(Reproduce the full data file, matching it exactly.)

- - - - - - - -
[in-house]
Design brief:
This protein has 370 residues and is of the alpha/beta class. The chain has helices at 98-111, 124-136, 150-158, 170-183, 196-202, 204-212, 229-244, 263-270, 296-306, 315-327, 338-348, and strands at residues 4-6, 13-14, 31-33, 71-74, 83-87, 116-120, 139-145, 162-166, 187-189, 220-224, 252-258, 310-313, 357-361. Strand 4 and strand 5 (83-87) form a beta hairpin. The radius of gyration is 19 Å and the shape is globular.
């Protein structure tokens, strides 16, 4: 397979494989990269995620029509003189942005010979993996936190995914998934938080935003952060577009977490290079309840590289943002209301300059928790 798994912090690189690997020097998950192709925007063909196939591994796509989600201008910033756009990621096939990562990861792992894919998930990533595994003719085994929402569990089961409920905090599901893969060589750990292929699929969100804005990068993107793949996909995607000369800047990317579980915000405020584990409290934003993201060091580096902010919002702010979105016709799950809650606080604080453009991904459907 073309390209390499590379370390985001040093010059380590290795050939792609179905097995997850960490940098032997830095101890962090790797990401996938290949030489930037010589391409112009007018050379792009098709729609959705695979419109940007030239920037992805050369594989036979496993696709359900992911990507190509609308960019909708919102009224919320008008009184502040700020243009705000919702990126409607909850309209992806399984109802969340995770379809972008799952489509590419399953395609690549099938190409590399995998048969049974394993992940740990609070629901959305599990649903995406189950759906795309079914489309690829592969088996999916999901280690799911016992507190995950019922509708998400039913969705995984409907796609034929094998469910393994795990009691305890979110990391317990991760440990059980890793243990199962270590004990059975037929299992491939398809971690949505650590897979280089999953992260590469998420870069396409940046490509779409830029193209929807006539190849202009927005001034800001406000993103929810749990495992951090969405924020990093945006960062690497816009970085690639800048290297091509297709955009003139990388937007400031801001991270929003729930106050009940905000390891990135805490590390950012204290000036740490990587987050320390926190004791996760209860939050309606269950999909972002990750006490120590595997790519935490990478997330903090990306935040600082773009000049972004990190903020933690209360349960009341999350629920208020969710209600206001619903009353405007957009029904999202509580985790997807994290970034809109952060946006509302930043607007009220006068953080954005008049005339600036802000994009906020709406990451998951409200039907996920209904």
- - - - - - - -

[in-house]
Design brief:
This protein has 370 residues and is of the alpha/beta class. The chain has helices at 98-111, 124-136, 150-158, 170-183, 196-202, 204-212, 229-244, 263-270, 296-306, 315-327, 338-348, and strands at residues 4-6, 13-14, 31-33, 71-74, 83-87, 116-120, 139-145, 162-166, 187-189, 220-224, 252-258, 310-313, 357-361. Strand 4 and strand 5 (83-87) form a beta hairpin. The radius of gyration is 19 Å and the shape is globular.
């Protein structure tokens, strides 16, 4: 397979494989990269995620029509003189942005010979993996936190995914998934938080935003952060577009977490290079309840590289943002209301300059928790 798994912090690189690997020097998950192709925007063909196939591994796509989600201008910033756009990621096939990562990861792992894919998930990533595994003719085994929402569990089961409920905090599901893969060589750990292929699929969100804005990068993107793949996909995607000369800047990317579980915000405020584990409290934003993201060091580096902010919002702010979105016709799950809650606080604080453009991904459907 073309390209390499590379370390985001040093010059380590290795050939792609179905097995997850960490940098032997830095101890962090790797990401996938290949030489930037010589391409112009007018050379792009098709729609959705695979419109940007030239920037992805050369594989036979496993696709359900992911990507190509609308960019909708919102009224919320008008009184502040700020243009705000919702990126409607909850309209992806399984109802969340995770379809972008799952489509590419399953395609690549099938190409590399995998048969049974394993992940740990609070629901959305599990649903995406189950759906795309079914489309690829592969088996999916999901280690799911016992507190995950019922509708998400039913969705995984409907796609034929094998469910393994795990009691305890979110990391317990991760440990059980890793243990199962270590004990059975037929299992491939398809971690949505650590897979280089999953992260590469998420870069396409940046490509779409830029193209929807006539190849202009927005001034800001406000993103929810749990495992951090969405924020990093945006960062690497816009970085690639800048290297091509297709955009003139990388937007400031801001991270929003729930106050009940905000390891990135805490590390950012204290000036740490990587987050320390926190004791996760209860939050309606269950999909972002990750006490120590595997790519935490990478997330903090990306935040600082773009000049972004990190903020933690209360349960009341999350629920208020969710209600206001619903009353405007957009029904999202509580985790997807994290970034809109952060946006509302930043607007009220006068953080954005008049005339600036802000994009906020709406990451998951409200039907996920209904």